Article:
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Lisa Brennan-Jobs writes on her relationship with Laurene Powell-Jobs



Steve Jobs and Laurene Powell
In a new book, Lisa
Brennan-Jobs describes her troubled relationship with her father,
Apple founder Steve Jobs, left, and her stepmother, Laurene

Alexandra Wyman/Getty

  • In her new autobiography, Lisa Brennan-Jobs describes
    her fraught relationship with her father, Apple founder Steve
    Jobs, and stepmother, Laurene Powell-Jobs.
  • Jobs’ poor treatment of his first child, particularly
    during her early years, has been widely reported in the
  • But Brennan-Jobs adds new details about her teenage
    years and her interactions with her stepmother.
  • In one searing story, she recounts how her stepmother
    confessed that she and Jobs were “cold people.”

It’s long been known that Apple founder Steve Jobs was often a
poor father to his eldest child, Lisa Brennan-Jobs.

In the years since he died, it’s also been hinted that she didn’t
have a great relationship with Laurene Powell-Jobs, Jobs’ wife
and her stepmother. But Brennan-Jobs’ new autobiography offers
some new color on her interactions with her stepmother in one
telling vignette that’s recounted in
The New York Times’ profile
of her on Thursday.

Although she spent her childhood with her mother, Chrisann
Brennan, Brennan-Jobs went to live with father and stepmother in
the 1990s when she was in high school. As Brennan-Jobs recounts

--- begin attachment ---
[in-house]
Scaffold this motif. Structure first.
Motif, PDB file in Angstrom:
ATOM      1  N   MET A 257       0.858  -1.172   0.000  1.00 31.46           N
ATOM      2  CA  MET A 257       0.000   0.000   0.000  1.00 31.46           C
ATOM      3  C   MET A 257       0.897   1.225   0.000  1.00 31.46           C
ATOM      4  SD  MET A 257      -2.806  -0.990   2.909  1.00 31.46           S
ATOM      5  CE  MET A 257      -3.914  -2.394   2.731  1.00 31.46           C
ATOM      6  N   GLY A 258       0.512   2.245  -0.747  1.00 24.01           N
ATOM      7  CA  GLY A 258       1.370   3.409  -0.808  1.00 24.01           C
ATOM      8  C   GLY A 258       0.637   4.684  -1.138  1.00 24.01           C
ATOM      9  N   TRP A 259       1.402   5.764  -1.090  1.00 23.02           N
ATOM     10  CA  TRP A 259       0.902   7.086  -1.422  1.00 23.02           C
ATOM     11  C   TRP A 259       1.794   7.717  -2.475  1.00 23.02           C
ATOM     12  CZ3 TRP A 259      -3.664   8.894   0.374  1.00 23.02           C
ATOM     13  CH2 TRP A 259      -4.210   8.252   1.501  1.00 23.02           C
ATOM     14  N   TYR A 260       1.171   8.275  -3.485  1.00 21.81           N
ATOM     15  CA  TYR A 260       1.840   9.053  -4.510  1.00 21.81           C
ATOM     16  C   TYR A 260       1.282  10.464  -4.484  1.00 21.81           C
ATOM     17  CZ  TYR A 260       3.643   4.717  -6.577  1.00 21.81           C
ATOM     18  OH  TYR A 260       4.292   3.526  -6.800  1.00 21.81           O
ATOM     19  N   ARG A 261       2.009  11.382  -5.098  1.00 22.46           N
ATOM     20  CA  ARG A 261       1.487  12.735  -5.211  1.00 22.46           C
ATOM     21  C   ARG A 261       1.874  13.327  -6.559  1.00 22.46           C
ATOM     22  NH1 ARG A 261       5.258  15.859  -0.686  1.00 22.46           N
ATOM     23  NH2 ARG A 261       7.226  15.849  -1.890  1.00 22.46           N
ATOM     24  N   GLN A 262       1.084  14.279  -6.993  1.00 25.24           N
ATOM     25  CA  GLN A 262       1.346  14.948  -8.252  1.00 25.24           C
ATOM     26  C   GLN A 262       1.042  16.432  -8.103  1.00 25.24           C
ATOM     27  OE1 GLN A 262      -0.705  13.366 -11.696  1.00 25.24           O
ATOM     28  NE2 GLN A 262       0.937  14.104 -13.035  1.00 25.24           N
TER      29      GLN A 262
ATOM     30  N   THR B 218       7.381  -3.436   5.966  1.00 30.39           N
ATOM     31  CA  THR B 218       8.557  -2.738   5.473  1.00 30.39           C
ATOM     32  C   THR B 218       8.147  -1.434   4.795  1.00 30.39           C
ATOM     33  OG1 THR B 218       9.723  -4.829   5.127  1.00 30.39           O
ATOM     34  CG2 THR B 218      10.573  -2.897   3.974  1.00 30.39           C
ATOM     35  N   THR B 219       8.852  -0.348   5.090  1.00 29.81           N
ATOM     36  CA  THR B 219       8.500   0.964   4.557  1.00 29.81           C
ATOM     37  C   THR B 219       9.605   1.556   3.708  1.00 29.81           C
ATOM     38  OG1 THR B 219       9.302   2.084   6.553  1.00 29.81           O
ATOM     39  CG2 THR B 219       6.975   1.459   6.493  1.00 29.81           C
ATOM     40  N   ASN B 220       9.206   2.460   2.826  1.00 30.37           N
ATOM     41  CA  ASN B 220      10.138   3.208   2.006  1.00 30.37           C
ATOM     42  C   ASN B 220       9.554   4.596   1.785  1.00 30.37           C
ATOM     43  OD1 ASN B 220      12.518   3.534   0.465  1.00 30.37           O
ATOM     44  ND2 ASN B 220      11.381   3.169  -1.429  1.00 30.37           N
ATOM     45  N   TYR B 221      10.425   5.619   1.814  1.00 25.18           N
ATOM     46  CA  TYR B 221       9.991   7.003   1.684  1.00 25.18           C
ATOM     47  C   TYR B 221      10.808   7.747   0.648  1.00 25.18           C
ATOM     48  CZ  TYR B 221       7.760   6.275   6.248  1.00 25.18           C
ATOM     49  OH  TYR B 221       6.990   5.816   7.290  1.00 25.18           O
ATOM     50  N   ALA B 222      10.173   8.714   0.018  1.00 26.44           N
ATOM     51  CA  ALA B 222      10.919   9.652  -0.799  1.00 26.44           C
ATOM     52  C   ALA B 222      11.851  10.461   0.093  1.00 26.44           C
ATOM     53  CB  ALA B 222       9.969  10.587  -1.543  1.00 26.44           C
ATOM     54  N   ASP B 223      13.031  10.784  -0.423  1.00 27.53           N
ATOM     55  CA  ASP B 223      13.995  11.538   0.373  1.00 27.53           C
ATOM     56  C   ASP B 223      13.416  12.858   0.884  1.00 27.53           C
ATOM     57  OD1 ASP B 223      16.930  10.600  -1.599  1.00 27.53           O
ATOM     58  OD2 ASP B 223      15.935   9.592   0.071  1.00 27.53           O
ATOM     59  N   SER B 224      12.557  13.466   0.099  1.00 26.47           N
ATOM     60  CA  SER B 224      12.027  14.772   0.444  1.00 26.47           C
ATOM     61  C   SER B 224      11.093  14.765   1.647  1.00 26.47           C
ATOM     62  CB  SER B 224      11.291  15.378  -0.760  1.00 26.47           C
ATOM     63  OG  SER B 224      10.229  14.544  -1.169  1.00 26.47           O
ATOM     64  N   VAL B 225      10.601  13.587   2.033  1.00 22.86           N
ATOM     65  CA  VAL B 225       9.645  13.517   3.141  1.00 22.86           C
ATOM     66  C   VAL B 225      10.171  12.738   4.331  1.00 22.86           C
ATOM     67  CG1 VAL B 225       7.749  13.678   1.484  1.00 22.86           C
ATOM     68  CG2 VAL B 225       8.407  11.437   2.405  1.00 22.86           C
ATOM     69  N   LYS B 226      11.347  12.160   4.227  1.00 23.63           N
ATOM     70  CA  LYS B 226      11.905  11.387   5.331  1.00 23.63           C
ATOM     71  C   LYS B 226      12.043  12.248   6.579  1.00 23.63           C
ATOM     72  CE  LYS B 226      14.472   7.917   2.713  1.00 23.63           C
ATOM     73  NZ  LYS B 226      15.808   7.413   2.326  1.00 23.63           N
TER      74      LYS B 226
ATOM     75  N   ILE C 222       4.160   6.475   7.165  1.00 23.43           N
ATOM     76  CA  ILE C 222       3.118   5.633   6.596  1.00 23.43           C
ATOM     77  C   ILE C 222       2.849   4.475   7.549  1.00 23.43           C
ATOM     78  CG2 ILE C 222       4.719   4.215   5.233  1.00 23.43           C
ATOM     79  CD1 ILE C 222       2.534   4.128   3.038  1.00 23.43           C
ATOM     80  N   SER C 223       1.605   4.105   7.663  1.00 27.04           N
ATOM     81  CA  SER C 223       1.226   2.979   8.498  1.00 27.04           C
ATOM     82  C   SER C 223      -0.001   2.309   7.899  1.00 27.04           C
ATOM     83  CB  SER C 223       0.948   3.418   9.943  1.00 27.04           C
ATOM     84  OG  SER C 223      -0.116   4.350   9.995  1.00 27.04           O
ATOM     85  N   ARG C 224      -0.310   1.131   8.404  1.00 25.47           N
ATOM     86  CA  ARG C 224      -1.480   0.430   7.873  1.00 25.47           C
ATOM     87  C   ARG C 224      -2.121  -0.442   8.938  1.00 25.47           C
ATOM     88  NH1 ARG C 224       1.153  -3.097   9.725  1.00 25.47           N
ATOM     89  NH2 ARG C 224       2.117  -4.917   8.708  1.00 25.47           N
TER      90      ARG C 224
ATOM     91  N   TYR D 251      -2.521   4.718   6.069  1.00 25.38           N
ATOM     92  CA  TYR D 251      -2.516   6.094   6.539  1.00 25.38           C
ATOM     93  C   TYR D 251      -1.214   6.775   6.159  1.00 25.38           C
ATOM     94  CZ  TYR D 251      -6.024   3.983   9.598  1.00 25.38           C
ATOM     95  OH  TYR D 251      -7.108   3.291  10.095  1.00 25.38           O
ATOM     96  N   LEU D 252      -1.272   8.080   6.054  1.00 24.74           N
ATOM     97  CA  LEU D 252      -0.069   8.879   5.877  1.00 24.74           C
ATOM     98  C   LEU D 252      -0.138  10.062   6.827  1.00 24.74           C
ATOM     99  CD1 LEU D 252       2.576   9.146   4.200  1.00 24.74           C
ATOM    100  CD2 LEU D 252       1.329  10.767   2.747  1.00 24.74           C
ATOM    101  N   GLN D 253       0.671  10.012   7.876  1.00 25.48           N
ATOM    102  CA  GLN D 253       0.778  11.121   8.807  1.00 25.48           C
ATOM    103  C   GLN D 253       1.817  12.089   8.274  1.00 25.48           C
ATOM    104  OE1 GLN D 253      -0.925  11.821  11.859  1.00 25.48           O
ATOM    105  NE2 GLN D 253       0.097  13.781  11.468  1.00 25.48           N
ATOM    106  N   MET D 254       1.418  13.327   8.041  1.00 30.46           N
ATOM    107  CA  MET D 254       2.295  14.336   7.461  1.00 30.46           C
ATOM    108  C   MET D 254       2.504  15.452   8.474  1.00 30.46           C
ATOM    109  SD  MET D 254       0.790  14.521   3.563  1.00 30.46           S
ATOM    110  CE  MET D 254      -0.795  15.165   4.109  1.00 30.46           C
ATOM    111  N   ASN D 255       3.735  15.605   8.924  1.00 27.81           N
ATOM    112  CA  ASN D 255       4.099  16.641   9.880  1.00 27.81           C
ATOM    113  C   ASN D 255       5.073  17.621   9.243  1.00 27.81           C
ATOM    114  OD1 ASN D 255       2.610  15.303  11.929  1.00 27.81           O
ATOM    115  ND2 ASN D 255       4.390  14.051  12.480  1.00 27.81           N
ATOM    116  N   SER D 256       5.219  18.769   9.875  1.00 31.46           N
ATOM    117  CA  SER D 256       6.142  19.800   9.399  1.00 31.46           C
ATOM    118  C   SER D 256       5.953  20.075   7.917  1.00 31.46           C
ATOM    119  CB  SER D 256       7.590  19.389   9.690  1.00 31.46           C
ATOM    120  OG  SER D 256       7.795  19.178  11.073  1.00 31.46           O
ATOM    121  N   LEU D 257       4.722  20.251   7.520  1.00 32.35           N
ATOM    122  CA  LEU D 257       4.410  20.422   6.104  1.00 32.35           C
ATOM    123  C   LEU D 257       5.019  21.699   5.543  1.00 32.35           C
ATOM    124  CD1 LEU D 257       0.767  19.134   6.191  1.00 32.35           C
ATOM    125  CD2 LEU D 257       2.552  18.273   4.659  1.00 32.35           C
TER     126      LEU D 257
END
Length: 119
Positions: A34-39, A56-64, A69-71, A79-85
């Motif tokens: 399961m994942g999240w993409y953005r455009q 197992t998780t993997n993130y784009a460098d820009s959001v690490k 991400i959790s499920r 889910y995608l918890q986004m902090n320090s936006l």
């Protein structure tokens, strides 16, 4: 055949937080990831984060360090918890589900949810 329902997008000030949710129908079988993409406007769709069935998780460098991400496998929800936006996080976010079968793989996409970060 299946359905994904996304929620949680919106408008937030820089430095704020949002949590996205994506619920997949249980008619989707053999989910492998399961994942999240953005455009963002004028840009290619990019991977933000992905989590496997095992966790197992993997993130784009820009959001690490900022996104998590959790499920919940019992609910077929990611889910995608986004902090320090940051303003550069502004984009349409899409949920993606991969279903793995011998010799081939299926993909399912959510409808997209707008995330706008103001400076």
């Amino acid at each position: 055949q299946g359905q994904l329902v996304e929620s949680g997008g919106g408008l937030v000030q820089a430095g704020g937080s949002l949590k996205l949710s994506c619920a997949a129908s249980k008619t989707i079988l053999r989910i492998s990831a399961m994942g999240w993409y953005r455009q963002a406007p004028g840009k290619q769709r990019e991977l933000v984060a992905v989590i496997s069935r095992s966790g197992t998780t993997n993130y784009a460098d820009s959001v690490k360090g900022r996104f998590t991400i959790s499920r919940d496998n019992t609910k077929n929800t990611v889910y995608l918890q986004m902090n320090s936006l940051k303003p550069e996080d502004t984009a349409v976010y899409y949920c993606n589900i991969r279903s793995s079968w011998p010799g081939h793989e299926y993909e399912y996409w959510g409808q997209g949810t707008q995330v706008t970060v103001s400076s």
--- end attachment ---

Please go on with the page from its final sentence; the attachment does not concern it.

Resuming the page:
in her biography, it was a difficult period for her. When she got
involved in clubs and other activities in high school, Jobs
admonished her for not spending more time with the family. He
insisted she watch — because it was a “family moment” — while he
touched his wife sexually and moaned and undulated theatrically
in front of her.

But that wasn’t all. At one point when she was a teenager,
Brennan-Jobs went to a therapy session with her father and
stepmother. During the session, she told the therapist she felt
lonely and had been wanting her parents to tell her goodnight in
the evenings. 

Powell-Jobs response: “We’re just cold people.”

In a joint statement to The Times, Powell-Jobs, her children and
Jobs’ sister Mona Simpson questioned Brennan-Jobs’ overall
account of her relationship with Jobs and her family, but did not
directly dispute any of her individual stories.

“Lisa is part of our family, so it was with sadness that we read
her book, which differs dramatically from our memories of those
times,” they said. 

They continued: “It was a great comfort to Steve to have Lisa
home with all of us during the last days of his life, and we are
all grateful for the years we spent together as a family.”

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